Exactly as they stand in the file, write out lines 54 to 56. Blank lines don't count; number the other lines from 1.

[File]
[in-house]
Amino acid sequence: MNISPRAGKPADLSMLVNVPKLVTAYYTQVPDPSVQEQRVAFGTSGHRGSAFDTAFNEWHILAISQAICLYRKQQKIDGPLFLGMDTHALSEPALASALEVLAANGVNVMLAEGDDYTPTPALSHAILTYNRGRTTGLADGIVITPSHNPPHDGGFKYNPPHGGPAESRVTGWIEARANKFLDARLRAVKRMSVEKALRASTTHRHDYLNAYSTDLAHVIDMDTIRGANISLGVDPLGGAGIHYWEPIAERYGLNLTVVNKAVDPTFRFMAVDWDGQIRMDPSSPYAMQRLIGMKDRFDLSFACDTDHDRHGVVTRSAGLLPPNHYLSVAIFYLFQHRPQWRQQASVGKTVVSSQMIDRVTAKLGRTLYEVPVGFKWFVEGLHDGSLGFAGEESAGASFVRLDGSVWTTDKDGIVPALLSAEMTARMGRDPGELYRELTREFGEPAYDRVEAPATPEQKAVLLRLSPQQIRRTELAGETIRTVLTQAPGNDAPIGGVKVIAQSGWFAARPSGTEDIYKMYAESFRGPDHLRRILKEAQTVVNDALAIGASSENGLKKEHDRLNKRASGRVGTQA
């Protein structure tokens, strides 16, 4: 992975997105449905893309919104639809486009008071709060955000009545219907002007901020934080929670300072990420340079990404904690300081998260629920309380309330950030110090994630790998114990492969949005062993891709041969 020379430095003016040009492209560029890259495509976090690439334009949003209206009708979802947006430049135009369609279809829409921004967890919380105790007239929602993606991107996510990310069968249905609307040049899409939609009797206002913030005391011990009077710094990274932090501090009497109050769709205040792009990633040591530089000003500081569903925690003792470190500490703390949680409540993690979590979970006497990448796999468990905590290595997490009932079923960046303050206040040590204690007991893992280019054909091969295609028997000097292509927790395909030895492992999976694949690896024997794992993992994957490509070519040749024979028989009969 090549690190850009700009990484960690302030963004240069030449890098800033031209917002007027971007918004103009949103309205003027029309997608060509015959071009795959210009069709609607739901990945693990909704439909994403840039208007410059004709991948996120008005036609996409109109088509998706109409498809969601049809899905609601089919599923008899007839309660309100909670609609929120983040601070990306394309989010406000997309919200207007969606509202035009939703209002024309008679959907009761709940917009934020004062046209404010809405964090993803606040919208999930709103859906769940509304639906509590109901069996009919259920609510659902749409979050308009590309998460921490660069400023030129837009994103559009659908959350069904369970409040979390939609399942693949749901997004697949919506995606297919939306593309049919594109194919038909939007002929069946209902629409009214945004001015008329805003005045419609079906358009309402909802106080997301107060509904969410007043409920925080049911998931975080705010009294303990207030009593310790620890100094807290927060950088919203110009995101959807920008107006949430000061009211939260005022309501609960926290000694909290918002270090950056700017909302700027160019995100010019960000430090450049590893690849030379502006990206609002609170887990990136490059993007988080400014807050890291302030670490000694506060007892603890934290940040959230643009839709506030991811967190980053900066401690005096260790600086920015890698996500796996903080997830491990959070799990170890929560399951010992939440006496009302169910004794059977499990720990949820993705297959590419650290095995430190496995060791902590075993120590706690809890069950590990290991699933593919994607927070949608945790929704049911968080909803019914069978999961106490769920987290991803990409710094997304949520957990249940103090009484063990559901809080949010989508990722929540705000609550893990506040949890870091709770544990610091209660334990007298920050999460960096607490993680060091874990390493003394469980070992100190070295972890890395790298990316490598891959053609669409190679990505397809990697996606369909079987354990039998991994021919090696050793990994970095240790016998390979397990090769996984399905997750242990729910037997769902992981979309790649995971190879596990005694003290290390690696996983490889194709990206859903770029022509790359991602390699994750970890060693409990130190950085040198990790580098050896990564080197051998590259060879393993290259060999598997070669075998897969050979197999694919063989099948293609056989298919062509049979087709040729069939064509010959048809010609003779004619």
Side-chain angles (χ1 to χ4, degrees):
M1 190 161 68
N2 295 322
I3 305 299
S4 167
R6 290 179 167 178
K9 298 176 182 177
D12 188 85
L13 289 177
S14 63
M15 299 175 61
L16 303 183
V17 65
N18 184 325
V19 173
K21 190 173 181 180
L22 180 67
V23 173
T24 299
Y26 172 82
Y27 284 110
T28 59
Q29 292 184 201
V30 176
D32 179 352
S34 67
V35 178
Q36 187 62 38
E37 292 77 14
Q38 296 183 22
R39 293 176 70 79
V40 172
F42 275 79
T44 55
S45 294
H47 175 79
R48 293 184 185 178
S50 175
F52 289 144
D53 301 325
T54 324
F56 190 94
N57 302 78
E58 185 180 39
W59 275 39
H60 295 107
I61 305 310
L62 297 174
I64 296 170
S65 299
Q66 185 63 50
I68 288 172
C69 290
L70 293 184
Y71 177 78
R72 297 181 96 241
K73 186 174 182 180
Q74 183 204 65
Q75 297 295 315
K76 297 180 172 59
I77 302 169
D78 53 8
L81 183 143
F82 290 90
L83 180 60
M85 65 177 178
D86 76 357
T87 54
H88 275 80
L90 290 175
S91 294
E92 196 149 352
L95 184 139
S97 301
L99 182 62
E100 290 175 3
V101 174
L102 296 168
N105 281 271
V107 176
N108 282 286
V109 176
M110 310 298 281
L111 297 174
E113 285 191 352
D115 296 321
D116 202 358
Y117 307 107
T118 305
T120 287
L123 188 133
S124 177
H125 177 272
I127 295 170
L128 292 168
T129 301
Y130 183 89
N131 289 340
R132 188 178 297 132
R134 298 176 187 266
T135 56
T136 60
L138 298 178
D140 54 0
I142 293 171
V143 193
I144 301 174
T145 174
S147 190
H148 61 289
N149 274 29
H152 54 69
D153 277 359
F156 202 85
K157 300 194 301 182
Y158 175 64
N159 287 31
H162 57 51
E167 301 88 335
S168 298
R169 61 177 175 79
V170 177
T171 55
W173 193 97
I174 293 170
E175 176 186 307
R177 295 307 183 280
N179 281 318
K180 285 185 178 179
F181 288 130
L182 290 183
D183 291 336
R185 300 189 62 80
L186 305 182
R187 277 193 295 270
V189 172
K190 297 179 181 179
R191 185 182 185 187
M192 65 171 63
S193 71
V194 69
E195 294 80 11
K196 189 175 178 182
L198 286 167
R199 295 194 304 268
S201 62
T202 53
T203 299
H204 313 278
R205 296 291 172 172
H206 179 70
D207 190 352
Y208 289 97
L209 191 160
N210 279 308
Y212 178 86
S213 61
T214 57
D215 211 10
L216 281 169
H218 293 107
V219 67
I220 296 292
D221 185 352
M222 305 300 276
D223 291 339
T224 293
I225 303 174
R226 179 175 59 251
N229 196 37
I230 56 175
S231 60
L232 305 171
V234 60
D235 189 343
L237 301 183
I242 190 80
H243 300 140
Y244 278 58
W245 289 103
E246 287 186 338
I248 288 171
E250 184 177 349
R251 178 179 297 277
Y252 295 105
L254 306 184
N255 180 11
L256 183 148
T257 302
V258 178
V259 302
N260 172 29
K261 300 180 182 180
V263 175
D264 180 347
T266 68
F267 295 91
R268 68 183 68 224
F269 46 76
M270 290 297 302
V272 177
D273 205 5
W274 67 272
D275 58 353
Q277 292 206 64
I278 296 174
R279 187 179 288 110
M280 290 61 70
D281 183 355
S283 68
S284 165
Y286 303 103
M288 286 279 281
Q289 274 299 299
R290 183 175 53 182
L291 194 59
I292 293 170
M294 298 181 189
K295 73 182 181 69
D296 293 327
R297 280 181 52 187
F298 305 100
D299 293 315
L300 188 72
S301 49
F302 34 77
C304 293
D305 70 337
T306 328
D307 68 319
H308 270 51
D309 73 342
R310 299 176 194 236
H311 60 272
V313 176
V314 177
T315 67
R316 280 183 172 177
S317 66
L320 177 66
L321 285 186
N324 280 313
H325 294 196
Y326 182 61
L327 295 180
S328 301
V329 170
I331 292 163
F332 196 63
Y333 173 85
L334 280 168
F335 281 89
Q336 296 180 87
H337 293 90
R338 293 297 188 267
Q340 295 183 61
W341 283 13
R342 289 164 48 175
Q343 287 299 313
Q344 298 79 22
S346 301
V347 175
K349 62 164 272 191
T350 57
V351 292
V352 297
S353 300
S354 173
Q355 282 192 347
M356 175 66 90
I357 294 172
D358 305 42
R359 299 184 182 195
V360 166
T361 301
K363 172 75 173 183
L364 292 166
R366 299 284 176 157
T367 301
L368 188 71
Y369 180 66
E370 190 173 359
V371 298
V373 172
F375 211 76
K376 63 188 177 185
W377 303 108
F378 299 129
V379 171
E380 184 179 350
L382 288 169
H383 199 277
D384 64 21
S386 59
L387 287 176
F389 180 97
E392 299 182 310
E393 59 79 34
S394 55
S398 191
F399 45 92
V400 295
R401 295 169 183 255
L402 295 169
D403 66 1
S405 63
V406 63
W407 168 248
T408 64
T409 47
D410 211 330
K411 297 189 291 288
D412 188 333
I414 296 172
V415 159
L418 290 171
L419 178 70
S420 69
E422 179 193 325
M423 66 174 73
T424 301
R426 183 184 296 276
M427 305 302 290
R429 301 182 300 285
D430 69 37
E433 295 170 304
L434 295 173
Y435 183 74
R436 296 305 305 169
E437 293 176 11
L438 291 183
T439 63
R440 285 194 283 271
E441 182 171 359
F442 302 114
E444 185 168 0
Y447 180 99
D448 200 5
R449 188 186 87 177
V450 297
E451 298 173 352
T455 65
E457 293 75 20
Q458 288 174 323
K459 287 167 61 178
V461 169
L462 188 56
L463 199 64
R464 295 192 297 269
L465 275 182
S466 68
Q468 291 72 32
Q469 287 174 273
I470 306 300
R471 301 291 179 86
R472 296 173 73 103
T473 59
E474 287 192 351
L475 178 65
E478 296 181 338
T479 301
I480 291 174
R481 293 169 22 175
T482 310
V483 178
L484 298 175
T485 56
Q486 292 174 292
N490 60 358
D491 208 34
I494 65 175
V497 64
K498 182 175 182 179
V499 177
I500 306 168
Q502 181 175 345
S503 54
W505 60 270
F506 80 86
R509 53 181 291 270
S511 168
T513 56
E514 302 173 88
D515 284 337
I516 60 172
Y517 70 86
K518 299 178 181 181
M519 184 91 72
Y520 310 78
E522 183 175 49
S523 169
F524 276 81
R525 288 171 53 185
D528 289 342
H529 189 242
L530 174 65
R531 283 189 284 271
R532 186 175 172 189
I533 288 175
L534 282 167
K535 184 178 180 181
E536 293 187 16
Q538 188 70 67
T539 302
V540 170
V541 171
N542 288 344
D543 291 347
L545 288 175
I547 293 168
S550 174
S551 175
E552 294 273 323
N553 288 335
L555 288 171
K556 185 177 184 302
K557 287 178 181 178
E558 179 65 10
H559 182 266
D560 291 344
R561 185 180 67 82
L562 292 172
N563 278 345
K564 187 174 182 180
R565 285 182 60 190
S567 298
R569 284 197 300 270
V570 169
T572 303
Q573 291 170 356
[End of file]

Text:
Q66 185 63 50
I68 288 172
C69 290